How To Hang a Scarf Valance

Hanging fabric

Hanging a scarf valance is one way of stylishly covering a part of your window and of preventing too much sunlight from entering the room at the same time. Scarf valances can be purely ornamental most of the time, though. The top and side part of the window is what they usually cover and make more pleasing to the eyes.   They can also be placed above existing window binders or heavy drapes to serve as an accent or final touch to the design. There are several well-known ways to hang a scarf valance, but you could still improvise and add some of your personal charm into the final output. 

Basically, a scarf valance appears like a neck scarf. Your main goal is to make it look very simple and draping in a very flowing manner. A scarf valance is supposed to hang down smoothly and elegantly, emphasizing the existing drapes or the window itself.

  • First step is the selection of the fabric to be used. Make sure that the color matches your taste, as well as your window. You could choose two fabrics of complimentary colors and texture. And of course, as mentioned earlier, it is important that the fabric you chose has good draping qualities so that you can achieve the look you want. For the length of the fabric to be used, measure the width of your window. Triple the length taken and add some more extra inches if you want the sag effect in the middle or if you want to fashion some twists using the varying colors.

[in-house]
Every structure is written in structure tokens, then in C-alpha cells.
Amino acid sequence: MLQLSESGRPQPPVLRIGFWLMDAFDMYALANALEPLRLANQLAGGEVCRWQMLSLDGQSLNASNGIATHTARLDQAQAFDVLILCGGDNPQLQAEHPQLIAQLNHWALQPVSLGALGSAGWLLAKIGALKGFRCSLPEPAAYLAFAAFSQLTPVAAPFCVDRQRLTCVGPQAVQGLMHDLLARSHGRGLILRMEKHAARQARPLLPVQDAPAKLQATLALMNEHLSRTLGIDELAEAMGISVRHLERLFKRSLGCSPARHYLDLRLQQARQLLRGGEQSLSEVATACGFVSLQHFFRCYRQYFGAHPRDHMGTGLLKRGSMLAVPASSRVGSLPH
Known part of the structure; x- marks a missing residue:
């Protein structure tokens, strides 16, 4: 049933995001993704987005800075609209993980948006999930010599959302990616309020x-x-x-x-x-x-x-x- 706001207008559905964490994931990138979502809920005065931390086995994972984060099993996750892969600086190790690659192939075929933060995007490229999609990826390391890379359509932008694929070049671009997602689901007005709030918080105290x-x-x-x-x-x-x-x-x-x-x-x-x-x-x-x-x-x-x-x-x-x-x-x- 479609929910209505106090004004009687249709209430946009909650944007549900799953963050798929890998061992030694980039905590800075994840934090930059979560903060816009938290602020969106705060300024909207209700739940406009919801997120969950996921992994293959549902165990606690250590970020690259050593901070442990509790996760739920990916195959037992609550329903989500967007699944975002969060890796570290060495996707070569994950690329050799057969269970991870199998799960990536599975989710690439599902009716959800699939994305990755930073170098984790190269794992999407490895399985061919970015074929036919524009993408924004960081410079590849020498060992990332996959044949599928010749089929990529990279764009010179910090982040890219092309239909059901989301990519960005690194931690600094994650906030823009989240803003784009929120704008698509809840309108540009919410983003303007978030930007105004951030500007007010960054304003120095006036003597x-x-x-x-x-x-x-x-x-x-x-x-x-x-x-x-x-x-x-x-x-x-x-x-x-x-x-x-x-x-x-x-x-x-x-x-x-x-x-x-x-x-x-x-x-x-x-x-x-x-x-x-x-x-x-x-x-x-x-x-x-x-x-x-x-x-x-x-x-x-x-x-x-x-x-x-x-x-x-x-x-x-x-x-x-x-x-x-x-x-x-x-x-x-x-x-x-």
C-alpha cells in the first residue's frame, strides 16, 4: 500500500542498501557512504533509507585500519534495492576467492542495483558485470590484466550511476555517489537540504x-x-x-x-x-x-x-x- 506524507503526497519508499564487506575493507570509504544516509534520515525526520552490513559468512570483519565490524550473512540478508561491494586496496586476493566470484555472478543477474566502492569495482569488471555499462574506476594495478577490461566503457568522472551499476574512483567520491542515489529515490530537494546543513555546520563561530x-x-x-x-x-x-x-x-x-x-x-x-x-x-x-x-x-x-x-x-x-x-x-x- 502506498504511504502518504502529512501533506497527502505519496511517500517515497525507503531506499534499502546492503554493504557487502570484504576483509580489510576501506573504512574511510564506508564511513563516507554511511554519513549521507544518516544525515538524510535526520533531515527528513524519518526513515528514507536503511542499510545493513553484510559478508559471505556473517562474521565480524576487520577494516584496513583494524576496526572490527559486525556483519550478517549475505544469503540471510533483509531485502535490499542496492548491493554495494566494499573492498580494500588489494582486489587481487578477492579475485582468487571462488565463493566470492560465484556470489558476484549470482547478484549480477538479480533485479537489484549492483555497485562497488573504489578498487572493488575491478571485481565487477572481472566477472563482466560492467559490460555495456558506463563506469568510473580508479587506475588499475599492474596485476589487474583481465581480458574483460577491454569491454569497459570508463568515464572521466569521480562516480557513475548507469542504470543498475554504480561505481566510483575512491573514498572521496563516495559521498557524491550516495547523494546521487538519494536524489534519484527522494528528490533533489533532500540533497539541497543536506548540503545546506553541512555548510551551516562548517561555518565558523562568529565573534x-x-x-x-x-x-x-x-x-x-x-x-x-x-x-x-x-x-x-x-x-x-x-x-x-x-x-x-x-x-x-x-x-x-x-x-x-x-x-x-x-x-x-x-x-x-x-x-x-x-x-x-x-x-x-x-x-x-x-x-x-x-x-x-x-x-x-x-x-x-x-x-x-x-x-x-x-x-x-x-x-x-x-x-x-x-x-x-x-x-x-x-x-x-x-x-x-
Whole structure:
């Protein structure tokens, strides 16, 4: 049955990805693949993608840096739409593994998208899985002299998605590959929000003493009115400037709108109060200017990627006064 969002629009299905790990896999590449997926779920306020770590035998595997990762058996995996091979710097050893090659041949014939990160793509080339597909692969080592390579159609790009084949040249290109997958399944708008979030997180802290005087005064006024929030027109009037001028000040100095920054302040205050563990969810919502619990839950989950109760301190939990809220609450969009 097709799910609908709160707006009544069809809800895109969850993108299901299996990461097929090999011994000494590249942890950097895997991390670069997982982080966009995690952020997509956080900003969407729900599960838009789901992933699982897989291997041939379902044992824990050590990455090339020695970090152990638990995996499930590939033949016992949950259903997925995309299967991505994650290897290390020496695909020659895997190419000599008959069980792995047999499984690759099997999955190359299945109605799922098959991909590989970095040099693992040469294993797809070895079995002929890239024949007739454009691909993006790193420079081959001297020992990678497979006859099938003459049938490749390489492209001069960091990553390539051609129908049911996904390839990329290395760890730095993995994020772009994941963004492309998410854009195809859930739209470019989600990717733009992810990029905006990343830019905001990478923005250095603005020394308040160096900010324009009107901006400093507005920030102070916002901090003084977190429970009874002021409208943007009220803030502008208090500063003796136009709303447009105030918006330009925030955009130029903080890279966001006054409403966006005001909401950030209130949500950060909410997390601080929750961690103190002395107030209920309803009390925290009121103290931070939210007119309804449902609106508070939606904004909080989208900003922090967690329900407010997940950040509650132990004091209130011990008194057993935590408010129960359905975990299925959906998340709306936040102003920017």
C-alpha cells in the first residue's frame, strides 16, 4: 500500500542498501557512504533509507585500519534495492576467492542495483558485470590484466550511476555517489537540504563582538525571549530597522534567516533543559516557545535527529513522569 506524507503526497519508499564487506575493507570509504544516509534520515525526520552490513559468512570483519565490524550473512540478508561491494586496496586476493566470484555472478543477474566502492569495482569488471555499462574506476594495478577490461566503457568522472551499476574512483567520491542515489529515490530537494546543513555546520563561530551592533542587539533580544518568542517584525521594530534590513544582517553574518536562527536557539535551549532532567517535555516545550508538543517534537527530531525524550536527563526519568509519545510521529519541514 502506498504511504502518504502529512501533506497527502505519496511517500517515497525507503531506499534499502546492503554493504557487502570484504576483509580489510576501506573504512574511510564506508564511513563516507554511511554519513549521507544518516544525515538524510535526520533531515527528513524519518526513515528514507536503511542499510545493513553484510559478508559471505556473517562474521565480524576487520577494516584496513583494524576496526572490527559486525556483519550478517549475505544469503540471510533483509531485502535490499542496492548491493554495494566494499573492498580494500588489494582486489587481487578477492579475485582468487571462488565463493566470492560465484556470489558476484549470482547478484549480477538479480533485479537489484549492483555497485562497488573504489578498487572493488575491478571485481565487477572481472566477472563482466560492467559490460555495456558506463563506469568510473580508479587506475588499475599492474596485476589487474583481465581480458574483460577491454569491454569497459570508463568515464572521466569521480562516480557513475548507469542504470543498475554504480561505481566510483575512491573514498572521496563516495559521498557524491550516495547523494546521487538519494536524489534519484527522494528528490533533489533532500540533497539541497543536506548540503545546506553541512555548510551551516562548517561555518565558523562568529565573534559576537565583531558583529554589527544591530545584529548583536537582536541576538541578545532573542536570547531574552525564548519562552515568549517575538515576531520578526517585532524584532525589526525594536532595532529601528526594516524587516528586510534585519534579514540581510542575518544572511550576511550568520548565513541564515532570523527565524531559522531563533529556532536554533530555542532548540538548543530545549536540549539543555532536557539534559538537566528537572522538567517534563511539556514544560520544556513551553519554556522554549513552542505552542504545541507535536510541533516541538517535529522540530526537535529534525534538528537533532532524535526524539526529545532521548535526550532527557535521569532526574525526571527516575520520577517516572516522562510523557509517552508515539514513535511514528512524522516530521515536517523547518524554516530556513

• In hanging a scarf valance, you would need a lot of time. Unless you have done this many times already, it would usually take a lot of experimentation to achieve your desired style.  Secure the ends of the fabrics so that they would not run or unravel, since the fabrics are soft, very light-textured, and almost weightless.
  • The first few tries would require you to attach the fabrics to the drape poles. You can temporarily attach mushroom holdbacks, scarf hooks, or corbels (sconces) to help create the desired folds and scallops in the fabrics. You can screw them on permanently after you have decided on the right look that you want. These fixtures help the fabric to stay in place when the winds get strong. Or, you could just simply wrap the fabric around the pole as many times as you like and just let the remaining fabric hang loose on the sides.  For a sagging effect at the middle, just pull a portion of the fabric down and let it hang.
  • If you want intricate folds and patterns at the side, you could do this before putting the fabric on the pole. The most common are the triangular pleats on the side. After crafting the patterns on the sides of the fabric and stitching them in place, fold the fabric into three parts. Place the end of the first third of the fabric on one edge of the window and wrap it around the pole or secure it with any holdback or hook similar to the ones mentioned earlier. 
  • Another trick is to twist the fabrics together at the center part while still letting the sides hang loose. You could also make more waves for one color and fewer for another color, but attaching more or fewer holdbacks. This style will maximize the complimentary effect that the colors are supposed to produce.

A scarf valance is generally simple and easy to pull off. But, it still up to you if you want a sag on the middle, more scallops on the center, or folds on the side.


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